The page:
Sarasota County Schools includes 24 Elementary Schools, 9 Middle Schools, 8 High Schools and various Technical and various Special Centers. It houses about 40,000 students in about 250 buildings. The Sarasota School IT Team believes in using the best-in-class technologies to provide the optimal connected experience for students, faculty, staff and guests.
This next generation pervasive WLAN network enables students to collaborate with each other anywhere on the campus and with the teachers in the classroom. In the previous blog, we described how Bowdoin and the Pinellas County have embraced the IOS based 5760 Series controllers. In this blog, we will cover more details about the recent upgrade of the Wireless LAN Controller from the previous model WiSM to the new model 5760 and describe highlights of our conversation with xx about the WLAN deployment itself.
Read More »
Tags: 11ac, 802.11ac, access, device, education, K-12, K12, LAN, laptop, management, mobile, mobility, network, policy, sarasota, school, school board, tablet, unified, unified access, wi-fi, wifi, wireless, wlan
As a Product Manager there is some anxiety but more of an excitement around introducing a platform to the market. Today I am proud to be part of Cisco team that is bringing to market the Cisco Aironet 2700 Series Access Point. What it offers is a tremendous amount of power at a very attractive price point.
We all know Wi-Fi is here to stay and is expanding all around us rapidly. That need for speed is exciting. But what does that mean? Not everyone feels comfortable being on the cutting edge. Many of our customers are not as concerned about chasing the future and have more limited budgets that they hesitate to put down for the best AP knowing there are lower priced options. At the same time, everyone is aware technology moves ahead with or without you, so they don’t want to give up lot of the new capabilities by going totally to the other extreme of not upgrading at all. What they want is something that’s going to last for a while that gives them the advantages available today, but not have to invest a lot to get it. I equate this to buying something like a car. A year ago when I was in the market to buy a new car I didn’t want to sacrifice whole lot of options but if there was one or two options that I could give up in order to save a bit of money, I was okay with that.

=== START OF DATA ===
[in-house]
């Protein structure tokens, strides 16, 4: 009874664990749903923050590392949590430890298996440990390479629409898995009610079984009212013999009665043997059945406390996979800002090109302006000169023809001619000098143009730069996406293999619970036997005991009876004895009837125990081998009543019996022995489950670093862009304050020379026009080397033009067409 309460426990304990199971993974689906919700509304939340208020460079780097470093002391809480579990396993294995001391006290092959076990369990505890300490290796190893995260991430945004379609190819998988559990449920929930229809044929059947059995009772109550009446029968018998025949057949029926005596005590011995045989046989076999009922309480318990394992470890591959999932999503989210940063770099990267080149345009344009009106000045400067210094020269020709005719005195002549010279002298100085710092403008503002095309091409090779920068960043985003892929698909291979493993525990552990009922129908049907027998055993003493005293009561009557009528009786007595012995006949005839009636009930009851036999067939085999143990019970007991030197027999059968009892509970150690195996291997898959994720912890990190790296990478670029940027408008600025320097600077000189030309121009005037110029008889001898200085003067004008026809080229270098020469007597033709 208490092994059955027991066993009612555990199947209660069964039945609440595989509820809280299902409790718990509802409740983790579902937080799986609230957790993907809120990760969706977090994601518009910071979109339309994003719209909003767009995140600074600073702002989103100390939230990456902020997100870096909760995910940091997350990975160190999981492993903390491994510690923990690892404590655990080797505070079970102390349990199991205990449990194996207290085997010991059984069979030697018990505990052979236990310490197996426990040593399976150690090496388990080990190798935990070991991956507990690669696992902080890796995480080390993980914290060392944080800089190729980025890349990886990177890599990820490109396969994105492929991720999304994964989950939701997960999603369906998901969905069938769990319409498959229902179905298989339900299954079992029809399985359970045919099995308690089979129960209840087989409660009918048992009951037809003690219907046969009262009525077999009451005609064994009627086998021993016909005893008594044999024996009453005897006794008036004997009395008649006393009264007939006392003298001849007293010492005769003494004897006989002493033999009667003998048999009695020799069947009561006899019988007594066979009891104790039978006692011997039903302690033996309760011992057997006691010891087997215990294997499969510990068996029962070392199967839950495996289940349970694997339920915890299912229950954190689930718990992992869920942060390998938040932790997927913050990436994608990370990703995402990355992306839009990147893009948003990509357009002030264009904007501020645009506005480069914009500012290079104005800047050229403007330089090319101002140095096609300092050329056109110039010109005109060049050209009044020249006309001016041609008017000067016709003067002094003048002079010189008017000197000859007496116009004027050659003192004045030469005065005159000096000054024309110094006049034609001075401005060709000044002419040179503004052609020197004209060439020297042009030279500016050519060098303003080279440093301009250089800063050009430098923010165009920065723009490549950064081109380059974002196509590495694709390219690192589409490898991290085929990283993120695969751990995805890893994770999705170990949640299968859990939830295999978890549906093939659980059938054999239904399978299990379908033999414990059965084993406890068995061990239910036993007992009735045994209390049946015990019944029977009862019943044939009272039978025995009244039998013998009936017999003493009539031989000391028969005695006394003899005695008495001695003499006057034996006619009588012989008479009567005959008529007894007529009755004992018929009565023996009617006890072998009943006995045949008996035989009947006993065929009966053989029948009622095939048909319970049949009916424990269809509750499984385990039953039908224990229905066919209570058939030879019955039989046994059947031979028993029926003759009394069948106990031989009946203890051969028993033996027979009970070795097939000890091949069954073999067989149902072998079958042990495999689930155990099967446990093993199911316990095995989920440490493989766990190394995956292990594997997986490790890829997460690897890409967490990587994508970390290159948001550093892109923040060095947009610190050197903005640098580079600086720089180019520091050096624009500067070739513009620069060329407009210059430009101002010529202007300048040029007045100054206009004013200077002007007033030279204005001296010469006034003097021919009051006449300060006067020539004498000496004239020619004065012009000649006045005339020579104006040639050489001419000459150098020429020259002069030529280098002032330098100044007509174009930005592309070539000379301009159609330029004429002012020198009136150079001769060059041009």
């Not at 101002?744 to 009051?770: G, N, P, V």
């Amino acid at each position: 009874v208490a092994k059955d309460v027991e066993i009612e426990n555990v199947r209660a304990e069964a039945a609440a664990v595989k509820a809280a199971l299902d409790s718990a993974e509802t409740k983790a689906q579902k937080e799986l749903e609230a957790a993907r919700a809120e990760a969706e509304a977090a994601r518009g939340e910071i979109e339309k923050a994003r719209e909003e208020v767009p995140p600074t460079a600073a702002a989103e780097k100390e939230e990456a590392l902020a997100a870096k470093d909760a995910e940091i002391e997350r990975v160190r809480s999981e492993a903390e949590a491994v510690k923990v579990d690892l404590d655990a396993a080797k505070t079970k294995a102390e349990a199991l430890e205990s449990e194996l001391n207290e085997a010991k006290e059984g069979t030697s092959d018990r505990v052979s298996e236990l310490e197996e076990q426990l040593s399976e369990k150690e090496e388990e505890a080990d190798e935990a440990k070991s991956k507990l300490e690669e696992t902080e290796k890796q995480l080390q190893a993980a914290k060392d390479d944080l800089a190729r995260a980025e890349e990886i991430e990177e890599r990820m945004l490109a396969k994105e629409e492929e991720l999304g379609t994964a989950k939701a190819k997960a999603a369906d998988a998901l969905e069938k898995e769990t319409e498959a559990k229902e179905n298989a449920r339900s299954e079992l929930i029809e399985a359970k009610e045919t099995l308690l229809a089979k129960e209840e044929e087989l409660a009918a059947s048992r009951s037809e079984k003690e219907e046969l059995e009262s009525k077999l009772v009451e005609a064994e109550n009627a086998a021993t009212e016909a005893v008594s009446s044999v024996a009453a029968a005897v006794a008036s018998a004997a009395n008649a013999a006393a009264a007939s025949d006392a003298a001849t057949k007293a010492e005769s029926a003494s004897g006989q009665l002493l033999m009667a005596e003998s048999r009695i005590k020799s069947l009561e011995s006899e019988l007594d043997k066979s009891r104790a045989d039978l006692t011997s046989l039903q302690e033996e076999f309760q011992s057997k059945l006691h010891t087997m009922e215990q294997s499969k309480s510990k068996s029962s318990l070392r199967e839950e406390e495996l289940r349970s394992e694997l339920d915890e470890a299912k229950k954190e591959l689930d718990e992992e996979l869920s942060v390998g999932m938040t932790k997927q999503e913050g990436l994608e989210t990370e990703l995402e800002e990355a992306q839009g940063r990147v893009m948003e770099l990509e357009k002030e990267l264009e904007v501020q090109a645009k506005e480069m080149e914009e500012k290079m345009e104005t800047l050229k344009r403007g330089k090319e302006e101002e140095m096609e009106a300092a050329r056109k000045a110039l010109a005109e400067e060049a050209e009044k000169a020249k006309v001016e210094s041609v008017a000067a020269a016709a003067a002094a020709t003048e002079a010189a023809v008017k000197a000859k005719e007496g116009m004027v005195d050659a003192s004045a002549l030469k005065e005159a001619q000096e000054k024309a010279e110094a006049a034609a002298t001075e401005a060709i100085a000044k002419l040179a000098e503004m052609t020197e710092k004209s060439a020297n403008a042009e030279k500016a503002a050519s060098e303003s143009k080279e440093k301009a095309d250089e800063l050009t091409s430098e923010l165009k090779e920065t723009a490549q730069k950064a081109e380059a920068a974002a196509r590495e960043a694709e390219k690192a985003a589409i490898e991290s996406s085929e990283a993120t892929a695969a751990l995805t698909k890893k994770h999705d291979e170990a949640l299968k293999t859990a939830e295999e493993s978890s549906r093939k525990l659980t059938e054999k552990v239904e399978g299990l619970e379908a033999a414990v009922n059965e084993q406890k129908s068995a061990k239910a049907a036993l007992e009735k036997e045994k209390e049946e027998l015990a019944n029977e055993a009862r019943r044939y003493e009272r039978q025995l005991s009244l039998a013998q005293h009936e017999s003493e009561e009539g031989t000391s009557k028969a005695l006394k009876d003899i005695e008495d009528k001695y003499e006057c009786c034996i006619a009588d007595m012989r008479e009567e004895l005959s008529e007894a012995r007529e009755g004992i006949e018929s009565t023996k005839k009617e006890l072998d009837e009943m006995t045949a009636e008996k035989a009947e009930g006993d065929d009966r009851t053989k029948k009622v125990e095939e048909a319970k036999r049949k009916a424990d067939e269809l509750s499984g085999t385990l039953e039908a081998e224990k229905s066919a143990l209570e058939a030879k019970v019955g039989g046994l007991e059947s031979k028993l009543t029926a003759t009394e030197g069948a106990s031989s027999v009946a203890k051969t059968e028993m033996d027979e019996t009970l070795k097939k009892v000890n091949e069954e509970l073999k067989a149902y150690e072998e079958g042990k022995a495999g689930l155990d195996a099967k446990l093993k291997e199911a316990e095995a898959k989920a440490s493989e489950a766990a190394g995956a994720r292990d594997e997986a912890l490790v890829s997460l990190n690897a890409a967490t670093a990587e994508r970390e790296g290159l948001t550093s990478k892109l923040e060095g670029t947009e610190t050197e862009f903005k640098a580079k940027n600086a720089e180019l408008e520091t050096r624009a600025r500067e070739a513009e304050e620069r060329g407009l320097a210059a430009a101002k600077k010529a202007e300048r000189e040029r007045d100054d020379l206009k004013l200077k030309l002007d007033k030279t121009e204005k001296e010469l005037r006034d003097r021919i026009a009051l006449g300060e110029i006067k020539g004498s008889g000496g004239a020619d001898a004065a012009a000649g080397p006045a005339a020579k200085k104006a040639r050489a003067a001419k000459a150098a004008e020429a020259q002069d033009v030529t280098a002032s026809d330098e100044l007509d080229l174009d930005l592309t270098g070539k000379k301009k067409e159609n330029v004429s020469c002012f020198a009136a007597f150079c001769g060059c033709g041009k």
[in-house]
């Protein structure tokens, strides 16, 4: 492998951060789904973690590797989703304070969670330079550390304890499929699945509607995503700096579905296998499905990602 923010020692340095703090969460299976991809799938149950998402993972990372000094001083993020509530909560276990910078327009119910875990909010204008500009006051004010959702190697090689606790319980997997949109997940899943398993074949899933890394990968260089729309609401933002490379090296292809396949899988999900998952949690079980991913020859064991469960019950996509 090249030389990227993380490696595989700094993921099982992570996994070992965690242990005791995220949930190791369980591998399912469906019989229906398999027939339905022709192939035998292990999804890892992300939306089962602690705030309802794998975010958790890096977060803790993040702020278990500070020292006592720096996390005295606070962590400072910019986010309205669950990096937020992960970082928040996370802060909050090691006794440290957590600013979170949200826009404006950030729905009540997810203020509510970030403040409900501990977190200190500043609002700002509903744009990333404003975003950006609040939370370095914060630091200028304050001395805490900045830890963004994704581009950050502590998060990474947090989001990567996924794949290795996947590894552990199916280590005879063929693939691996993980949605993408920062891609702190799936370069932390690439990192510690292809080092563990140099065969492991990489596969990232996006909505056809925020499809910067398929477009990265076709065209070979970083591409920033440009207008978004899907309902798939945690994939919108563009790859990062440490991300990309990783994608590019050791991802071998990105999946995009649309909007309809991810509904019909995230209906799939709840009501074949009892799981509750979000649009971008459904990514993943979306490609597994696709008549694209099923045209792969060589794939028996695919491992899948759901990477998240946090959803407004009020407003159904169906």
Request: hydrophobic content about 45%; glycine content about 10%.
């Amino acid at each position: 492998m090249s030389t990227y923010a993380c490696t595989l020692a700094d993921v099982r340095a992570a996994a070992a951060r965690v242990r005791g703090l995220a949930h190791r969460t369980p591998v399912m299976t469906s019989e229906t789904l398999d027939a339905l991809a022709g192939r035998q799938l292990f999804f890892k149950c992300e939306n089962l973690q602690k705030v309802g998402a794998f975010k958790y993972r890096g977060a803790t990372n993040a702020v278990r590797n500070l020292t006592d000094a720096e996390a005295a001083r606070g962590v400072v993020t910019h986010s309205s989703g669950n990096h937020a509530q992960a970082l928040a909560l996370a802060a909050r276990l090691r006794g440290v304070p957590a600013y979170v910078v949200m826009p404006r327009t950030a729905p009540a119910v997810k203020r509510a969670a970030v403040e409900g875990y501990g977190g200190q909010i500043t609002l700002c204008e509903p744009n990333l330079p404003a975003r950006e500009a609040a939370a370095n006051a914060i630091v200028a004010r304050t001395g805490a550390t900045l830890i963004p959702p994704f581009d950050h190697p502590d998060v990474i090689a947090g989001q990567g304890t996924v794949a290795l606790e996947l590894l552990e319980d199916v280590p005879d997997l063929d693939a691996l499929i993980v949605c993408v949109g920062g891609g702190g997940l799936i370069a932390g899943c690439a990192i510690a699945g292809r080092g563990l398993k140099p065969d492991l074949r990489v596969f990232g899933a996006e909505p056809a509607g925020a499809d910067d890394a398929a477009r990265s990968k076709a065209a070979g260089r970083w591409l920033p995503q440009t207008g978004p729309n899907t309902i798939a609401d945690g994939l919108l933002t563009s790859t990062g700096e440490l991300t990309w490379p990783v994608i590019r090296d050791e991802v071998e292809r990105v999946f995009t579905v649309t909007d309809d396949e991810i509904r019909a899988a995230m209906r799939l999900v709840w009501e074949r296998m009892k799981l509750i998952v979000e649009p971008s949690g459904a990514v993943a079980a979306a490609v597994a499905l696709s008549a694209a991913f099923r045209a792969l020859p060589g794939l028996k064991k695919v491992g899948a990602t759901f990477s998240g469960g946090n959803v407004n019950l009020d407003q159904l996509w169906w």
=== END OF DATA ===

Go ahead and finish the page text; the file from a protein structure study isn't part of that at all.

This is similar to what Cisco is offering with Aironet 2700 Series. Customers have to choose something that they can utilize in their network that is better than any of the competitive solutions out there, truly built-for-purpose, sleek design on the outside yet tough on the inside and very powerful. Read More »
Tags: 11ac, 11n, 2.4 GHz, 2700, 802.11, 802.11ac, 802.11n, access point, aggregate throughput, AP, application, ASIC, built-for-purpose, chipset, Cisco, client, ClientLink, collision, data rate, GHz, HDX, infrastructure, latency, maximum, mbps, memory, memory contention, network, network processor, offboard, onboard, Packet, packet processing, performance, purpose-built, radio, RAM, rf, scale, silicon, smartphone, tech, technology, throughput, wi-fi, wifi, wireless